It’s always the butler. The butler, in the parlor, with the rope. Ripped straight from a classic game of Clue. But this isn’t Clue. It’s a game, and it is deadly. You know. With all the murder and such.
So, no. It’s not the butler this time. It’s the the butler’s suave, yet abusive employer and his less than able friend and partner. But in a murder thriller, what is there left for the butler to do? Butler things, obviously. The good Sabot is a good employee. He does his job with vim, vigor, and perhaps just a healthy dose of European prejudice, like the proud Frenchman he is.
But the prejudices cut across the channel it seems. The wily Brandon continually dismisses the poor Sabot, claiming the servants are all away and there is no one there to take care of them, often times in the very presence of the careful man who does so. The sociopathic tendencies of murdering people and putting them in boxes doesn’t come without a suitable shot of the occasional racist undertone, eh Monsieur Brandon?
Furthermore, to what does Hamilton owe the pleasure of inviting a lowly French servant into his play of primarily upper class British intellectuals? In fact, Hamilton seems to have only ever mild (if ever any) affection for these people. Everyone is somehow inferior to everyone else, whether they have a tragic shortcoming or they are representatives of, as Brandon himself puts it, “unintellectual humanity”. Or they are dead. A terrible shortcoming for anyone to have. Sabot, while he is not safe from Hamilton’s harsh harassments, is described by the playwright himself as the perfect servant. He is ambitious, industrious, and a married man with hopes and dreams, working hard for the family and restaurant he one day hopes to realize. And despite being little more than a Parisian plot device, his exit from the play offers a single moment of sincerity and genuine kindness from the fastidious Rupert Cadell. Not for his duties as a servant, but for his brotherhood as a man.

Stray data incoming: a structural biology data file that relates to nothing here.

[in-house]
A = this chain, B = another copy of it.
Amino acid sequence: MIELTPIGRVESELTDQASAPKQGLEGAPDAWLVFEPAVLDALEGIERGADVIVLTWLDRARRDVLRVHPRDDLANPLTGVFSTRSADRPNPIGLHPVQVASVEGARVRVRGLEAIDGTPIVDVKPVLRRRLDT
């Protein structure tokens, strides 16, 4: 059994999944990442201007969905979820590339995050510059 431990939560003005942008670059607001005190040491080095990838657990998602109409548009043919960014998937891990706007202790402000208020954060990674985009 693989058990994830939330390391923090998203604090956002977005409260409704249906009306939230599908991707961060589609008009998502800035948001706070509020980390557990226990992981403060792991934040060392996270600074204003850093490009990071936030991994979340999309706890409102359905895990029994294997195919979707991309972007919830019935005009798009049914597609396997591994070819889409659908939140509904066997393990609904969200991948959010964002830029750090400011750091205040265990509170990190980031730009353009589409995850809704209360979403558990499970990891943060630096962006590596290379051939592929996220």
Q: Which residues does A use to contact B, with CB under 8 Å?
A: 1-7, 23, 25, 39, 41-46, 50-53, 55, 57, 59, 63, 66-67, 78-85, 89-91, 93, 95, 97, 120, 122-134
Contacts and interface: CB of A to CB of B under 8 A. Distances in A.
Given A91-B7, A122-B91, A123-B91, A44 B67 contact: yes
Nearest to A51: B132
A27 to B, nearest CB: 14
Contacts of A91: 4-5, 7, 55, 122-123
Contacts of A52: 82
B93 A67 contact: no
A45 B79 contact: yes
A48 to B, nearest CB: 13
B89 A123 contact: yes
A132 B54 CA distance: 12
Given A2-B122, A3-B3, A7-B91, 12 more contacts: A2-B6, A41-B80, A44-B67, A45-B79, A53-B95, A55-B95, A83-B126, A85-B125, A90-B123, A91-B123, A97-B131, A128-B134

Sabot escapes this house completely unharmed; a blessing few receive in Patrick Hamilton’s Rope. As characters like Brandon and Rupert clash and cling for intellect and life, very few become representatives of innocence. At it’s core, Rope breaks down to a battle of wits, with innocence acting as the war zone. It is brutalized, humiliated, and disgraced, reaching the denouement soiled and salted and irreversible. The solace we can take from it is knowing that even though a talented and brave set of artists have to revive this horrifying evening night after night, an audience can walk away graciously holding in themselves that untainted humanity. We see the potential to better ourselves. We are made humble. We challenge the vanity and sin with compassion and morality. We embrace the catharsis and exit that theatre, lucky as we are to not be the man behind the choking rope, or the body inside the bloody chest.
Sabot in Rope